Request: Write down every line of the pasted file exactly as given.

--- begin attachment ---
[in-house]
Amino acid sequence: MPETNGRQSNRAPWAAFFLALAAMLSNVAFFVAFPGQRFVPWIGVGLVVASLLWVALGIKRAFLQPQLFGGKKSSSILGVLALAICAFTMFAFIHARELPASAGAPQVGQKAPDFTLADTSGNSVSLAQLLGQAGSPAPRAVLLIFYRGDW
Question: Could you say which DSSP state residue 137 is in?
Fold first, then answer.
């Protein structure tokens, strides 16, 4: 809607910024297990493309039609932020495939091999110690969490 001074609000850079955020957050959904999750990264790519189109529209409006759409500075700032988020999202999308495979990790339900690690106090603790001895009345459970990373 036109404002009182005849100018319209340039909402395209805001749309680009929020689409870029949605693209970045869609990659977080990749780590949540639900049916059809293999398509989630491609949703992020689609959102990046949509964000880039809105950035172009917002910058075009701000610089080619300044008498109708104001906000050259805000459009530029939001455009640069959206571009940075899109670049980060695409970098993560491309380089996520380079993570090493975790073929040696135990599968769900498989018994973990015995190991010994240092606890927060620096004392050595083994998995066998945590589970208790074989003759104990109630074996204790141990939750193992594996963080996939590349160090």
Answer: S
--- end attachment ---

[in-house]
Amino acid sequence: MPETNGRQSNRAPWAAFFLALAAMLSNVAFFVAFPGQRFVPWIGVGLVVASLLWVALGIKRAFLQPQLFGGKKSSSILGVLALAICAFTMFAFIHARELPASAGAPQVGQKAPDFTLADTSGNSVSLAQLLGQAGSPAPRAVLLIFYRGDW
Question: Could you say which DSSP state residue 137 is in?
Fold first, then answer.
């Protein structure tokens, strides 16, 4: 809607910024297990493309039609932020495939091999110690969490 001074609000850079955020957050959904999750990264790519189109529209409006759409500075700032988020999202999308495979990790339900690690106090603790001895009345459970990373 036109404002009182005849100018319209340039909402395209805001749309680009929020689409870029949605693209970045869609990659977080990749780590949540639900049916059809293999398509989630491609949703992020689609959102990046949509964000880039809105950035172009917002910058075009701000610089080619300044008498109708104001906000050259805000459009530029939001455009640069959206571009940075899109670049980060695409970098993560491309380089996520380079993570090493975790073929040696135990599968769900498989018994973990015995190991010994240092606890927060620096004392050595083994998995066998945590589970208790074989003759104990109630074996204790141990939750193992594996963080996939590349160090």
Answer: S